• In the medium-risk category, there have actually already been reported illegal experiments that involve dumping iron into the ocean in order to encourage algal blooms. It turns out that algae does a great job of capturing carbon and taking it down to the bottom of the sea. One of the recently identified potential downsides is that some of the kinds of phytoplankton that like to eat rust also produce some nasty neurotoxins.
  • In a slightly higher risk category, there are plans afoot to add sulphur to the atmosphere to create a haze that would act like a cooling blanket across the earth, reflecting light and heat way. This is actually pretty cheap on the scale of geo-engineering projects, which makes it a fairly attractive option. There are a lot of articles that say it’s being done already, largely as a means of local weather control. Examples include both of the most recent Olympic games. Beside the fact that this activity might turn blue skies white, the health risks to us aren’t known, the larger scale risks to the environment are also unknown, and if we start we may never be able to stop.

Who are the players?

Well, for one, the man with more power than many small governments is investing in geo-engineering ideas. This, of course, is Bill Gates. An January Discover blog details Gate’s investments in this area fairly well. Gates is an engineer at heart, and I think this is largely his philanthropic side wanting to make the world better, and that he sees a link between climate and the projects which the Bill and Melinda Gates Foundation are funding to stop disease and climate change.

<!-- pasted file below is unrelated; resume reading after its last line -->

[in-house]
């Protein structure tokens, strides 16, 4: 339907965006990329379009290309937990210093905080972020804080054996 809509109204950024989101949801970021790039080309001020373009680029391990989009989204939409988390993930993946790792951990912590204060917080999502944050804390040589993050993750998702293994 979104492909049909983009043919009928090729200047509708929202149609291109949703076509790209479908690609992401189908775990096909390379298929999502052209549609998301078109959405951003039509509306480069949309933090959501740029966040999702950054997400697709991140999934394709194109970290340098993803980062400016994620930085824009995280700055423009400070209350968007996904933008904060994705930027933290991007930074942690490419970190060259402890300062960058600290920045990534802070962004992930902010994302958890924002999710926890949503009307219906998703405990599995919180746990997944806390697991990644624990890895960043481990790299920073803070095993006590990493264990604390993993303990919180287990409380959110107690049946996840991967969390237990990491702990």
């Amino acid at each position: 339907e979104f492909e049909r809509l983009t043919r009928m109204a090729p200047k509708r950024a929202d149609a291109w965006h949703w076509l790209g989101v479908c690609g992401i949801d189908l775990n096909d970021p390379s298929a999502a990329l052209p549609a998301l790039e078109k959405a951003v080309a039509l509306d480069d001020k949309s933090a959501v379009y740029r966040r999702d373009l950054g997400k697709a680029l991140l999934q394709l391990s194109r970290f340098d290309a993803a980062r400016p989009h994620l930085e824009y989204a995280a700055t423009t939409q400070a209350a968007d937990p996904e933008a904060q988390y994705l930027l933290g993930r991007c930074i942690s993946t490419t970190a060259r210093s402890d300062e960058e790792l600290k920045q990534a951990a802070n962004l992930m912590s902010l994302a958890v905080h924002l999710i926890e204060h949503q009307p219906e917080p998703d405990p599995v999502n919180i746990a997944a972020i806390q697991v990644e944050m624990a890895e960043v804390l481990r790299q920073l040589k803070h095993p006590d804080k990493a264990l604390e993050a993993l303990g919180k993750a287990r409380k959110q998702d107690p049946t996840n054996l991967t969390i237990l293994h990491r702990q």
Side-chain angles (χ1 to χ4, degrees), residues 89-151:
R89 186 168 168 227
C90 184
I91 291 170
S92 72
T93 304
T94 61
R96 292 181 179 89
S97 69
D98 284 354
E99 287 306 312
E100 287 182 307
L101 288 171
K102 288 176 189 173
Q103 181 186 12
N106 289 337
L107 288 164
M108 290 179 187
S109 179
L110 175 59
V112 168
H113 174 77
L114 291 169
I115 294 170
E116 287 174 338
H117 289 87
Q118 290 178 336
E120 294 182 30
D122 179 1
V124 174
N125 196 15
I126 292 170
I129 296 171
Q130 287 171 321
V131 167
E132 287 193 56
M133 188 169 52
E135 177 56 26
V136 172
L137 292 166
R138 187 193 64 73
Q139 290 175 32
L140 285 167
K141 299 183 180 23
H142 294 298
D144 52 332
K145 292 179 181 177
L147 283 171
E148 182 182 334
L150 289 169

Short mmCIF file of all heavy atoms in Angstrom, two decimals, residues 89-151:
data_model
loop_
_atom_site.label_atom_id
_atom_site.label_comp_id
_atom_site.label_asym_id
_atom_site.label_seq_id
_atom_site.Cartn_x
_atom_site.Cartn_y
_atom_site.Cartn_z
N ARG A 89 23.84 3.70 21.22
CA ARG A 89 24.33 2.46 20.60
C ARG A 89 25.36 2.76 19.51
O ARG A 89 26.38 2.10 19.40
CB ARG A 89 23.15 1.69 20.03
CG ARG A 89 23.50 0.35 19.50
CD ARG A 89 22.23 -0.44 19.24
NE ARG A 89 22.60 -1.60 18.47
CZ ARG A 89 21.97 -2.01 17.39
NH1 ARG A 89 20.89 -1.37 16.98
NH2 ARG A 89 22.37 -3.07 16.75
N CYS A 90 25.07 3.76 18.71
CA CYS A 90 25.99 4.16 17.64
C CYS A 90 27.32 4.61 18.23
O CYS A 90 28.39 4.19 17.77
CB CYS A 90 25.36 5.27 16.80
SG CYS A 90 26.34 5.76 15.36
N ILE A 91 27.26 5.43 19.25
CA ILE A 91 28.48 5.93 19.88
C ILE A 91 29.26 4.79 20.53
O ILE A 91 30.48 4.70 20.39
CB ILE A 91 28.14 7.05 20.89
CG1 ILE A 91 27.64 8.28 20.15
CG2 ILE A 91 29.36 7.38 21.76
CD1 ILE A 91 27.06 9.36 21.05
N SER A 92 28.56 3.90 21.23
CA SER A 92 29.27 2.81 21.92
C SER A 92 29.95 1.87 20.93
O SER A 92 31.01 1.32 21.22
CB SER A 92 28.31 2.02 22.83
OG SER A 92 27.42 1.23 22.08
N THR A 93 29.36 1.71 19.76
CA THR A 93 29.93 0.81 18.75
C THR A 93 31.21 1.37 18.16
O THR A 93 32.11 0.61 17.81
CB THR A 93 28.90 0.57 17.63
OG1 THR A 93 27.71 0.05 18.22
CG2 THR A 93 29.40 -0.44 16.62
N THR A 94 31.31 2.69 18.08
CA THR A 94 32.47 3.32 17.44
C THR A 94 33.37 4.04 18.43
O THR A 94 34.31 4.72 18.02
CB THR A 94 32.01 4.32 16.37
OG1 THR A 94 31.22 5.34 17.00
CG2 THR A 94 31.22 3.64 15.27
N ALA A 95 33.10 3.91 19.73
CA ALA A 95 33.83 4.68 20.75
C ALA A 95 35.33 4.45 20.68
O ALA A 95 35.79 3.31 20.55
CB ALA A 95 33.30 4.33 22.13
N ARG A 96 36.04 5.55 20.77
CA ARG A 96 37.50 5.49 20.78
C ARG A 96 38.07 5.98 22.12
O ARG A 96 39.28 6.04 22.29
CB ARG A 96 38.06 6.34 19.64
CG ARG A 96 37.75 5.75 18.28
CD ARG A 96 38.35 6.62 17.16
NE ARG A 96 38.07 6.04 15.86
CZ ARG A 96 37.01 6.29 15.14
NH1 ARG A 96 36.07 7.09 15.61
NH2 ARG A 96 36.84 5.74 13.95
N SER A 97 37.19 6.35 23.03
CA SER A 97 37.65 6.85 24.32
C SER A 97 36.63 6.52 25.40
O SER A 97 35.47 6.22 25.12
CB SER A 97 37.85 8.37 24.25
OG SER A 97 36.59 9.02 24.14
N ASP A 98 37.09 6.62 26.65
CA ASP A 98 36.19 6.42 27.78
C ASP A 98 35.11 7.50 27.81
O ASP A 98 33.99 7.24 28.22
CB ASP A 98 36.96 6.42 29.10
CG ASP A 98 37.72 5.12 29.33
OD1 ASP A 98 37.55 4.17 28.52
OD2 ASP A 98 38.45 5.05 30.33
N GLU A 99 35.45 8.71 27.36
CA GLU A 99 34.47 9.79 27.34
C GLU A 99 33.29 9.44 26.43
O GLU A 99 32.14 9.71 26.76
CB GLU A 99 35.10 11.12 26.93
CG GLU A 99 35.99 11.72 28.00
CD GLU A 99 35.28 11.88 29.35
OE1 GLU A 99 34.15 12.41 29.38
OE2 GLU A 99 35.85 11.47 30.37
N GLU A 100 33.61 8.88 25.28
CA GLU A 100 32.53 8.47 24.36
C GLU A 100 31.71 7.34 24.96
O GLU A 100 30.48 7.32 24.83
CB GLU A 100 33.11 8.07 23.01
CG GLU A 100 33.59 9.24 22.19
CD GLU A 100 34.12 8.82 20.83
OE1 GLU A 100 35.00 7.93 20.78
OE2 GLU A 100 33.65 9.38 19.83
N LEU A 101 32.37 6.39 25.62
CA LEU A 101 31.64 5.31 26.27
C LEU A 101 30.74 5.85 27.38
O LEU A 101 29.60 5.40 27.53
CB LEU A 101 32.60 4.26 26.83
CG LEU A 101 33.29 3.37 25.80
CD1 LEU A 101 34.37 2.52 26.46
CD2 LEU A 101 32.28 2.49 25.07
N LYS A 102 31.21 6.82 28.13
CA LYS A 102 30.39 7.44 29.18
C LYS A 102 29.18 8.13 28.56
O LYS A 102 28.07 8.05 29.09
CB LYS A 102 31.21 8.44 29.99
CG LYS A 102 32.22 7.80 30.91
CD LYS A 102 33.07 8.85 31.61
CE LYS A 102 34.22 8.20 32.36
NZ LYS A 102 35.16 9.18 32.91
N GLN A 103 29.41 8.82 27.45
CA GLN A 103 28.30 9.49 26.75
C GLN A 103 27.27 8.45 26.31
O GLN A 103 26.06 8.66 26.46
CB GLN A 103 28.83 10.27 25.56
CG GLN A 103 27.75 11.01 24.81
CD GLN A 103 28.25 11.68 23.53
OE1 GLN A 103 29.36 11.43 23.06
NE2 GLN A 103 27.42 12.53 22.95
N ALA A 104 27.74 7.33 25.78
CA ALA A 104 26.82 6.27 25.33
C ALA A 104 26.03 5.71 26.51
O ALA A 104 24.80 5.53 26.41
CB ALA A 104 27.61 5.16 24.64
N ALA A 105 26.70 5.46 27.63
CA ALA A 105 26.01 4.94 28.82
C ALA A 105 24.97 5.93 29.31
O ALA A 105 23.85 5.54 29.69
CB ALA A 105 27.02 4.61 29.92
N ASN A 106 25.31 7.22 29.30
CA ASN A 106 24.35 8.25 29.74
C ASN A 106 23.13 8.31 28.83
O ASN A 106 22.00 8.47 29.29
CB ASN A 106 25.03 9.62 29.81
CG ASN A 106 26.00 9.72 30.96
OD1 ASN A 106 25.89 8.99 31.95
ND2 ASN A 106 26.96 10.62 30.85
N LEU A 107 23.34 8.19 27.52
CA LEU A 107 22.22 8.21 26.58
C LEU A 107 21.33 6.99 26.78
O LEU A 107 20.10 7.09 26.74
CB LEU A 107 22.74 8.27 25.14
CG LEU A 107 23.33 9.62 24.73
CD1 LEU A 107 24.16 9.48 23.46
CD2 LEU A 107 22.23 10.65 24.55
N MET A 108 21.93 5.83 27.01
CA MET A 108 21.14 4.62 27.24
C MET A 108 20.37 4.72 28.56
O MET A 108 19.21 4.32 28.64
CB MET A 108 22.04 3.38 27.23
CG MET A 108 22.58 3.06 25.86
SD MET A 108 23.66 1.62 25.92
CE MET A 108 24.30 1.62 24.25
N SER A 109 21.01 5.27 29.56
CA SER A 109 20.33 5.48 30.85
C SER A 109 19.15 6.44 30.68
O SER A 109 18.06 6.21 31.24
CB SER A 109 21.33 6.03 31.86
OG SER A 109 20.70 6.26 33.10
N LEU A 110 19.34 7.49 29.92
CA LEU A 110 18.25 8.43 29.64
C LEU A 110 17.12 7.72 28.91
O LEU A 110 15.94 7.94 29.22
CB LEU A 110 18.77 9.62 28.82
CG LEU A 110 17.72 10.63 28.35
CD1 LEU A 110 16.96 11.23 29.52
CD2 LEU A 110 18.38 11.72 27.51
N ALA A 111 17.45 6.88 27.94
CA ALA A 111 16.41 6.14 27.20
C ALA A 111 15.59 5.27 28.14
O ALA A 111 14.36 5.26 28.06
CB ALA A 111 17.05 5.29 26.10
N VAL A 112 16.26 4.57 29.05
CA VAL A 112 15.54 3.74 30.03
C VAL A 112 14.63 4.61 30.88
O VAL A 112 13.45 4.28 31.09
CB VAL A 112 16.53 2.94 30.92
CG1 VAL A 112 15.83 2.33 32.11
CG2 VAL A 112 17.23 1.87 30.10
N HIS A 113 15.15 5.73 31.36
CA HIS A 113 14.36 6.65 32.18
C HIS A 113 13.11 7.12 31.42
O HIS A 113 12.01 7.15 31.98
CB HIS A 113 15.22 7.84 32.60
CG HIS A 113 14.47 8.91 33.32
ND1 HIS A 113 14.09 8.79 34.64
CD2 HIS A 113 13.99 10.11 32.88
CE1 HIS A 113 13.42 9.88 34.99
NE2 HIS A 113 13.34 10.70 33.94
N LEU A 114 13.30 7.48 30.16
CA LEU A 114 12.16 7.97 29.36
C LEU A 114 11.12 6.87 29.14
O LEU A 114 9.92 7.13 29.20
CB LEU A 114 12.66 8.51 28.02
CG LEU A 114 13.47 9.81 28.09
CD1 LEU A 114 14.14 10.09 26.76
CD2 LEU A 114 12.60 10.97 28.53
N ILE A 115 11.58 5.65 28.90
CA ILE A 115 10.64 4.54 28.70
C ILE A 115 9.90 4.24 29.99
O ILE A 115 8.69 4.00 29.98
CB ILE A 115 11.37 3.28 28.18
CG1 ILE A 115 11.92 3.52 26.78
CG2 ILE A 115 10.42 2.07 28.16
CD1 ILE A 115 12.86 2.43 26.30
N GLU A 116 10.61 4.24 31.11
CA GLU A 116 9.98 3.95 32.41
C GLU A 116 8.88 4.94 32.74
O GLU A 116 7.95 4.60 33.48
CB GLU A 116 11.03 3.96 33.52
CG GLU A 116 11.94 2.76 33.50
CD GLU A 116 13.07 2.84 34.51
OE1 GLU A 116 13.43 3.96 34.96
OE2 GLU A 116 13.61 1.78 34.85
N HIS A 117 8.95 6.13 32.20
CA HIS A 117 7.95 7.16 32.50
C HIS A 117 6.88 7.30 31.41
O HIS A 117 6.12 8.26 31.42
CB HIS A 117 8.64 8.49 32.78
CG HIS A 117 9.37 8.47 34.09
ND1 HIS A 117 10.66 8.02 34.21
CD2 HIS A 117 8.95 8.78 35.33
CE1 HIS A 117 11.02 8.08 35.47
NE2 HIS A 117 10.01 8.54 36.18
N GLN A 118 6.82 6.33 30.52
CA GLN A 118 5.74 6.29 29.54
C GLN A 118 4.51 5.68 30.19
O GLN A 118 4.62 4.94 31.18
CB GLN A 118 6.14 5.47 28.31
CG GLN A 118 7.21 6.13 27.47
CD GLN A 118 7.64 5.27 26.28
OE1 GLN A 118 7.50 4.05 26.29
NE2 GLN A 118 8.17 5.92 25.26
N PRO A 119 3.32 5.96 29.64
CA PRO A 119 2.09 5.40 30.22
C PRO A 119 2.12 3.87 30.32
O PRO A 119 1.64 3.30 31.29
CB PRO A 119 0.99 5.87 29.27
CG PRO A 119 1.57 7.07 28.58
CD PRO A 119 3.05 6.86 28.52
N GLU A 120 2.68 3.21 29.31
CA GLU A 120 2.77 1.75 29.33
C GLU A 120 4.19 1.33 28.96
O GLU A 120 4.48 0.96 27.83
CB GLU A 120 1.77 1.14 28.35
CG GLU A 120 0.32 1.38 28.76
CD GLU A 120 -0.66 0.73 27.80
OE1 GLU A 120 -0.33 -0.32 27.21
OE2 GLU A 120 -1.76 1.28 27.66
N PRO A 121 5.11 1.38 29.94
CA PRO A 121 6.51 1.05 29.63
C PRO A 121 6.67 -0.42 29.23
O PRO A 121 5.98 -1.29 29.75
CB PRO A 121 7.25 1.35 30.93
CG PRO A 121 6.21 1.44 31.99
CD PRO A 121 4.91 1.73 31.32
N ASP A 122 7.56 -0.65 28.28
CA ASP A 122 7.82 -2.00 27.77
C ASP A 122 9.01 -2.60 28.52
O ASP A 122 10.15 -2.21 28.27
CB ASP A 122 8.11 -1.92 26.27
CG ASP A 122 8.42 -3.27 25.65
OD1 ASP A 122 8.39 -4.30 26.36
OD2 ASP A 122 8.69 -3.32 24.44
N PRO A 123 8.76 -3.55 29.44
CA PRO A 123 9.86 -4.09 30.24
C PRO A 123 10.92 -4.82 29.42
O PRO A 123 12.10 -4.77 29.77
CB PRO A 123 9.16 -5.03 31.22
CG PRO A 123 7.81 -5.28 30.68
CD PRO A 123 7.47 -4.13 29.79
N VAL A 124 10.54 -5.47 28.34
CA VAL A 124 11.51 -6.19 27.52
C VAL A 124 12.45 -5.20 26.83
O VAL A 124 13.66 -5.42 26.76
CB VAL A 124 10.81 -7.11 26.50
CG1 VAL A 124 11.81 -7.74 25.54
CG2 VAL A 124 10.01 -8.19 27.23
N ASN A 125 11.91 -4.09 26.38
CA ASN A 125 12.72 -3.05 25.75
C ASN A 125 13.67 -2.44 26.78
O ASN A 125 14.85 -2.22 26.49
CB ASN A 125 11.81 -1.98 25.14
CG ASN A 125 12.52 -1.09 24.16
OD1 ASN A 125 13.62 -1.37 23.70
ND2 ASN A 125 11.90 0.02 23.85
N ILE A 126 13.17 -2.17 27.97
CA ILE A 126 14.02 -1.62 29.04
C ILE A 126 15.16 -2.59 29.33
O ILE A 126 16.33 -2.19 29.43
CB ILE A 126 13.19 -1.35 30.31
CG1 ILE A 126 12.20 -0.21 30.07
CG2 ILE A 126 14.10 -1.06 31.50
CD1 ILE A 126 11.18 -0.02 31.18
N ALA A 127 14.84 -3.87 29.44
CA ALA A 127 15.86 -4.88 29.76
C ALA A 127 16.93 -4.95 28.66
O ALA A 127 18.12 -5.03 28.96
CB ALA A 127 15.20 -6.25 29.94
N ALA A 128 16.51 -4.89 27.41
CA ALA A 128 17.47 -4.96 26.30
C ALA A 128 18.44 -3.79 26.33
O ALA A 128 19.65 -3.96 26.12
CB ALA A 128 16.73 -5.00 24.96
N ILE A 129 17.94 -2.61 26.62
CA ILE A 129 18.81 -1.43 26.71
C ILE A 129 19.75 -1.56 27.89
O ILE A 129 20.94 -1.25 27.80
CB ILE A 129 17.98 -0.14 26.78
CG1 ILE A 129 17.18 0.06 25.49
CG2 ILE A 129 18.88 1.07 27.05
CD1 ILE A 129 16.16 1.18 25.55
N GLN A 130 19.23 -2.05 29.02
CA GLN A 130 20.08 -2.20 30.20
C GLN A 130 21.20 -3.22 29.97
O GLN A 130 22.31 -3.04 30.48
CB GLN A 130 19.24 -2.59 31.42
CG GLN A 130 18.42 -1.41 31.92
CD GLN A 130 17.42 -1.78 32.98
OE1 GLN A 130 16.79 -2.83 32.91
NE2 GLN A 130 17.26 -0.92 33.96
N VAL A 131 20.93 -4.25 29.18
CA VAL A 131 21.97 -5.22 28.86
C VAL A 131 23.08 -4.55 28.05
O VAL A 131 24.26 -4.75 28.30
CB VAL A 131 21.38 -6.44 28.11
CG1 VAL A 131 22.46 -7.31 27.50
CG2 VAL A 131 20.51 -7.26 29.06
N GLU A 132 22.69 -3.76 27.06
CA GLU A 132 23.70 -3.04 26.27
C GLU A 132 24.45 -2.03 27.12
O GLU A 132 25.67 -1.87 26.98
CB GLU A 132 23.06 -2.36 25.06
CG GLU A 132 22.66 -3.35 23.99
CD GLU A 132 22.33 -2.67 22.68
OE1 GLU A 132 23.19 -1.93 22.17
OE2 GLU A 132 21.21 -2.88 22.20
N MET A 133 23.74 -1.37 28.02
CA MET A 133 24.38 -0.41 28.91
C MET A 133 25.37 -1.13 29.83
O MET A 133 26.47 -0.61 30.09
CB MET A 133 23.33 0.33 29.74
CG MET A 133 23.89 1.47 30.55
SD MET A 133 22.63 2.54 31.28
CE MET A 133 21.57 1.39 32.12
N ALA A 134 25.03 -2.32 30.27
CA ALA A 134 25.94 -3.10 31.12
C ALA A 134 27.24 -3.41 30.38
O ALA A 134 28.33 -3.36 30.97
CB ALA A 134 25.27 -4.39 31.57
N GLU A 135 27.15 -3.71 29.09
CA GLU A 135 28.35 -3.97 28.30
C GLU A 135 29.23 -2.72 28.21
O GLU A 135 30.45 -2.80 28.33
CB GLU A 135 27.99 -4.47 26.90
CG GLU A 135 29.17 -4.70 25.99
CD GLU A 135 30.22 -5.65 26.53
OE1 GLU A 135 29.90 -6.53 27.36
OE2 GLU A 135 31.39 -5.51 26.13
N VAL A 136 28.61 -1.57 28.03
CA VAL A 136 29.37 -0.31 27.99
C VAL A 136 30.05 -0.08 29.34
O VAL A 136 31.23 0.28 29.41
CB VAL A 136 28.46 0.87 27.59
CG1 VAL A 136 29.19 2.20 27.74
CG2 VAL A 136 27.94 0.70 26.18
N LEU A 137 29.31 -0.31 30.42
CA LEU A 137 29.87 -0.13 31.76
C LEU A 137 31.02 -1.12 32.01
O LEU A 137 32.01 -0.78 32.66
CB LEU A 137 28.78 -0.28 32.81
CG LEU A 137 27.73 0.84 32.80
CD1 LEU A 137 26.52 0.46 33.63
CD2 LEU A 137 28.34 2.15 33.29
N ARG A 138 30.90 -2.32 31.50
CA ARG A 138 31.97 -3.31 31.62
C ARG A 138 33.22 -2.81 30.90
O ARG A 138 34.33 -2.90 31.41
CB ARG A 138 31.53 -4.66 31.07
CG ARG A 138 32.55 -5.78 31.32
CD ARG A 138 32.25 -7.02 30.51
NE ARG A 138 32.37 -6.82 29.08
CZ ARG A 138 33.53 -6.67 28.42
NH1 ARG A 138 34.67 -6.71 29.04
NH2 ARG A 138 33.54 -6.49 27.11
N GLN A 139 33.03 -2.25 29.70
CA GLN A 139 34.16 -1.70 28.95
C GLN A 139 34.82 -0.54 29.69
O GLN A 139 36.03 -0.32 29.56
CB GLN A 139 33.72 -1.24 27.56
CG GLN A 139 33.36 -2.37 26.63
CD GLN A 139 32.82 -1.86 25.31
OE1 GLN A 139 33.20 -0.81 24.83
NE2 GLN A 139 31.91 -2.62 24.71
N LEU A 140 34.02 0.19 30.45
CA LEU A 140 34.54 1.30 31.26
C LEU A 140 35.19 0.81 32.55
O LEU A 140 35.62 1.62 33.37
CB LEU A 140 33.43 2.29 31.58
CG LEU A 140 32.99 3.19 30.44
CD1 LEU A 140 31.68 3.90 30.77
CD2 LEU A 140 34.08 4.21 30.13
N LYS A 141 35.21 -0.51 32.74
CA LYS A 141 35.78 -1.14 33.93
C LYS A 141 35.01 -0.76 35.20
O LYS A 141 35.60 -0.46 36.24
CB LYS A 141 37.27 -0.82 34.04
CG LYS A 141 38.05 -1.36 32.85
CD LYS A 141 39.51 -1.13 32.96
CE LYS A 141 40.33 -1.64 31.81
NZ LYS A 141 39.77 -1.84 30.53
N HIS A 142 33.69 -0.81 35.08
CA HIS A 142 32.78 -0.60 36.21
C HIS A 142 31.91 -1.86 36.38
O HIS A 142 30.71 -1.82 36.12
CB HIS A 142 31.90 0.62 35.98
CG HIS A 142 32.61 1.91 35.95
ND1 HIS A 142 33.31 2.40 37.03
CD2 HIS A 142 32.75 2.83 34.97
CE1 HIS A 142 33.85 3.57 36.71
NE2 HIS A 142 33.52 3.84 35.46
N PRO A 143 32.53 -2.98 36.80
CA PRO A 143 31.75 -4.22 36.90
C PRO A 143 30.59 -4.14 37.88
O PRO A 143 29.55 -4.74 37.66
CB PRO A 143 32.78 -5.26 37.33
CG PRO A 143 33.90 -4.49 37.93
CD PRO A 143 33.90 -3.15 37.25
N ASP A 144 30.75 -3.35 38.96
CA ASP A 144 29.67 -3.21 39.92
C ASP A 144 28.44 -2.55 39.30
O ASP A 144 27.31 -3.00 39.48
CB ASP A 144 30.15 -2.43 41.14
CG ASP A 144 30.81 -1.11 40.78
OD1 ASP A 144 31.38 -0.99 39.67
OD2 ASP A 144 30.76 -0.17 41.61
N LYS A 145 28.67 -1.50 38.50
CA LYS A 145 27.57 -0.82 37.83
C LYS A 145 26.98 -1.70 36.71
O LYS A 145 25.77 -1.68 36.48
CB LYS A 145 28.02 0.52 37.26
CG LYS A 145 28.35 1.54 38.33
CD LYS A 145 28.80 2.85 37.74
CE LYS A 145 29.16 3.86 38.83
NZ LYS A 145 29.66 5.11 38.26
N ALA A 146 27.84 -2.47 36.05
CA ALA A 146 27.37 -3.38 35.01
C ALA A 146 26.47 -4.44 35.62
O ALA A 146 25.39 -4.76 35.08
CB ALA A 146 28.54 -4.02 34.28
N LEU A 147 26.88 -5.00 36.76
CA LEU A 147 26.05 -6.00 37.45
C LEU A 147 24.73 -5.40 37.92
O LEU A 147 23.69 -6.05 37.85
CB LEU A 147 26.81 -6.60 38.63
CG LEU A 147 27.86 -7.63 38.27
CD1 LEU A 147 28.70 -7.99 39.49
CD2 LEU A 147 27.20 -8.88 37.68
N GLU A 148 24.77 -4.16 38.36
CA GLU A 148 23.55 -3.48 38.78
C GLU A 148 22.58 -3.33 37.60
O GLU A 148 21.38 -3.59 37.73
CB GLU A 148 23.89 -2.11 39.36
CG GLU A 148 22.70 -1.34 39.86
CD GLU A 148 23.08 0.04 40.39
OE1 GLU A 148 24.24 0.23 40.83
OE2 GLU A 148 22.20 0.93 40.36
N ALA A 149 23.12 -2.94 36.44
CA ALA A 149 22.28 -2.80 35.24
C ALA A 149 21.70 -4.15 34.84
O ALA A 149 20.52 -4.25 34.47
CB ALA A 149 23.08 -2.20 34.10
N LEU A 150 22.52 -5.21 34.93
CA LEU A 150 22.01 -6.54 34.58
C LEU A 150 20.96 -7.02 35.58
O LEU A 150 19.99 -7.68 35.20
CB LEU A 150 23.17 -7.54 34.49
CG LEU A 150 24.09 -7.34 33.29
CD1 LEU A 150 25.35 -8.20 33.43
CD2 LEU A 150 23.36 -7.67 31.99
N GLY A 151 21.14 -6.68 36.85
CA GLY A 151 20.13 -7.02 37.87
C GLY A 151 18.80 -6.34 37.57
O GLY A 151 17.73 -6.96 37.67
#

Just this month, the bipartisan policy center in the United States created a task force on geoengineering. This is a little less immediate than Gates’s work since Gates is more likely to be able to get things done than the United States government. Still, a quick web search returns hundreds or results that repeat a White House comment that we must remain “Open to geoengineering.”